Following infection, HIV establishes reservoirs within tissues that are inaccessible to optimal levels of antiviral drugs or within cells where HIV lies latent, thus escaping the action of anti-HIV drugs. Macrophages are a persistent reservoir for HIV and may contribute to the rebound viremia observed after antiretroviral treatment is stopped. In this study, we further investigate the potential of poly(lactic-co-glycolic) acid (PLGA)-based nanocarriers as a new strategy to enhance penetration of therapeutic molecules into macrophages. We have prepared stable PLGA nanoparticles (NPs) and evaluated their capacity to transport an active molecule into the human monocyte/macrophage cell line THP-1 using bovine serum albumin (BSA) as a proof-of-concept compound. Intracellular localization of fluorescent BSA molecules encapsulated into PLGA NPs was monitored in live cells using confocal microscopy, and cellular uptake was quantified by flow cytometry. In vitro and in vivo toxicological studies were performed to further determine the safety profile of PLGA NPs including inflammatory effects. The size of the PLGA NPs carrying BSA (PLGA-BSA) in culture medium containing 10% serum was ~126 nm in diameter, and they were negatively charged at their surface (zeta potential =-5.6 mV). Our confocal microscopy studies and flow cytometry data showed that these PLGA-BSA NPs are rapidly and efficiently taken up by THP-1 monocyte-derived macrophages (MDMs) at low doses. We found that PLGA-BSA NPs increased cellular uptake and internalization of the protein in vitro. PLGA NPs were not cytotoxic for THP-1 MDM cells, did not modulate neutrophil apoptosis in vitro, and did not show inflammatory effect in vivo in the murine air pouch model of acute inflammation. In contrast to BSA alone, BSA encapsulated into PLGA NPs increased leukocyte infiltration in vivo, suggesting the in vivo enhanced delivery and protection of the protein by the polymer nanocarrier. We demonstrated that PLGA-based nanopolymer carriers are good candidates to efficiently and safely enhance the transport of active molecules into human MDMs. In addition, we further investigated their inflammatory profile and showed that PLGA NPs have low inflammatory effects in vitro and in vivo. Thus, PLGA nanocarriers are promising as a drug delivery strategy in macrophages for prevention and eradication of intracellular pathogens such as HIV and Mycobacterium tuberculosis.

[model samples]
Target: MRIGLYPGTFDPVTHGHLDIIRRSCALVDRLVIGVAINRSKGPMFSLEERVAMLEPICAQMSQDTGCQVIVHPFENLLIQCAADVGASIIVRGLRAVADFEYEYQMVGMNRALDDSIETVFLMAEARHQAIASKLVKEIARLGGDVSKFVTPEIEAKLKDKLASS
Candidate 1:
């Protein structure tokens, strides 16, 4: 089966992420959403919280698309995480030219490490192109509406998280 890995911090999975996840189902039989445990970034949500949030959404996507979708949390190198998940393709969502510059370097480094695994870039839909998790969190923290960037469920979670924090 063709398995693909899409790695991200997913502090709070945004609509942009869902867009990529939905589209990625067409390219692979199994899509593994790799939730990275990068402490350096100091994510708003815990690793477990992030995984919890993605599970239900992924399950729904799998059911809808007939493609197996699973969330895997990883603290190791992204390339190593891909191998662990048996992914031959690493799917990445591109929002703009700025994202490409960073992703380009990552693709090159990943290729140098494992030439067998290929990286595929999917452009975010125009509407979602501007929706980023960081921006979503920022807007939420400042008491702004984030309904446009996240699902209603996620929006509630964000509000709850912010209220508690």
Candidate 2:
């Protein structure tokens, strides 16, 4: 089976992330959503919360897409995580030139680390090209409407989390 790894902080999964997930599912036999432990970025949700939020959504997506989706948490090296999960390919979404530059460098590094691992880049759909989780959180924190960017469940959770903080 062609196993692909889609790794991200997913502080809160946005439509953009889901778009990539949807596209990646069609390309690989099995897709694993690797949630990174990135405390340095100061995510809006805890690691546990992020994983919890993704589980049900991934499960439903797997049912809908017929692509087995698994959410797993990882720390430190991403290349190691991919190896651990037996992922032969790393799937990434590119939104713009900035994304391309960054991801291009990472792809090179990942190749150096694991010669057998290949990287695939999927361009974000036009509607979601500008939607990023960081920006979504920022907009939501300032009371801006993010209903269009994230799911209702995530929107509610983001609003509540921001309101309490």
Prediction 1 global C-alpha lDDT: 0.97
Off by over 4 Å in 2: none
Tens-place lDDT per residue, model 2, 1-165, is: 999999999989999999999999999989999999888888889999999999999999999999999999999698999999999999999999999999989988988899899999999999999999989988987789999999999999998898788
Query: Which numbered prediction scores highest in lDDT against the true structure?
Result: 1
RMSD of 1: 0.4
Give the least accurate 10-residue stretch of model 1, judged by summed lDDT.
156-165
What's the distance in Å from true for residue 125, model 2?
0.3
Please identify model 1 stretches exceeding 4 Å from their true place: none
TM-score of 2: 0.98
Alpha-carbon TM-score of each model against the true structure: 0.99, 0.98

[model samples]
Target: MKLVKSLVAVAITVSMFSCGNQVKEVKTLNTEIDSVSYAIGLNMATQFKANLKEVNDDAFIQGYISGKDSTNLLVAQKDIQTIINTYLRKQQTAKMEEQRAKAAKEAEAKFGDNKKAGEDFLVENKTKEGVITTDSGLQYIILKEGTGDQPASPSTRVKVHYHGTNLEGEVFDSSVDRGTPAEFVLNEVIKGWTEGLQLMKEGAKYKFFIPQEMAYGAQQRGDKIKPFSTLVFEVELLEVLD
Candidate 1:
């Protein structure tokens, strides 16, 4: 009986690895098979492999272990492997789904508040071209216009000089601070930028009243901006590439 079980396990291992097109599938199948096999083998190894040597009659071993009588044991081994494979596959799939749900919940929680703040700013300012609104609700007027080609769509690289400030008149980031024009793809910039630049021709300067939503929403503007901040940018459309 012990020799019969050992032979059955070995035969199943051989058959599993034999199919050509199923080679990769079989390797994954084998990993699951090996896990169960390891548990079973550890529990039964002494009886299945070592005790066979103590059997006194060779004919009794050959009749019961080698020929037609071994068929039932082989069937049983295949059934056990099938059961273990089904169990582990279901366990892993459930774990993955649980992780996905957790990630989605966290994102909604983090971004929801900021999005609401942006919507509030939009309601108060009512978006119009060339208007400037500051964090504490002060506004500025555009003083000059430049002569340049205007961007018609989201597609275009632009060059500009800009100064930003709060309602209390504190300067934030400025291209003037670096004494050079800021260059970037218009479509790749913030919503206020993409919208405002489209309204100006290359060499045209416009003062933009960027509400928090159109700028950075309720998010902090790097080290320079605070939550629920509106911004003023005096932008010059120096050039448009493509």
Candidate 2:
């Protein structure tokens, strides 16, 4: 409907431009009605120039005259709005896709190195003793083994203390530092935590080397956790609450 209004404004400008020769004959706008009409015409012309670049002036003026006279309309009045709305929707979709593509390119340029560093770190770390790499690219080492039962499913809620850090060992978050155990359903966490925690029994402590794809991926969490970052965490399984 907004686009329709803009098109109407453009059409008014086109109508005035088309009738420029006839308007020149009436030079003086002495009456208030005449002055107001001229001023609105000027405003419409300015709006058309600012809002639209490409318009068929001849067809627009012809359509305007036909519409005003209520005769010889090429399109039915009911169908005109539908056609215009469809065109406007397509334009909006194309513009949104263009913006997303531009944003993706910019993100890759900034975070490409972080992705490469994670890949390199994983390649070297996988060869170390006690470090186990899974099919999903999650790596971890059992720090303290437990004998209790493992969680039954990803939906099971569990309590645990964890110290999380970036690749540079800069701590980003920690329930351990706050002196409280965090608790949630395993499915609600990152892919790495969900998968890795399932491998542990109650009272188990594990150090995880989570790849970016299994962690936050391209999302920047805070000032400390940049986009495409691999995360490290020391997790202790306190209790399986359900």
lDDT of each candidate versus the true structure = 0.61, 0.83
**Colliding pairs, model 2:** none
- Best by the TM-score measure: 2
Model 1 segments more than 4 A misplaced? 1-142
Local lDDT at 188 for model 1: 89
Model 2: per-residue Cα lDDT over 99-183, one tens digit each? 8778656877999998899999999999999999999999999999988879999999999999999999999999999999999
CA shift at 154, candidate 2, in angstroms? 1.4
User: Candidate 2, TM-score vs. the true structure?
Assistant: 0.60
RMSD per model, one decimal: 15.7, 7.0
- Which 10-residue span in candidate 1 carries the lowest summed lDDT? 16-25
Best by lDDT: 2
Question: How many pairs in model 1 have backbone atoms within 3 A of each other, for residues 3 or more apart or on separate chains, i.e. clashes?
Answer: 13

No MeSH data available.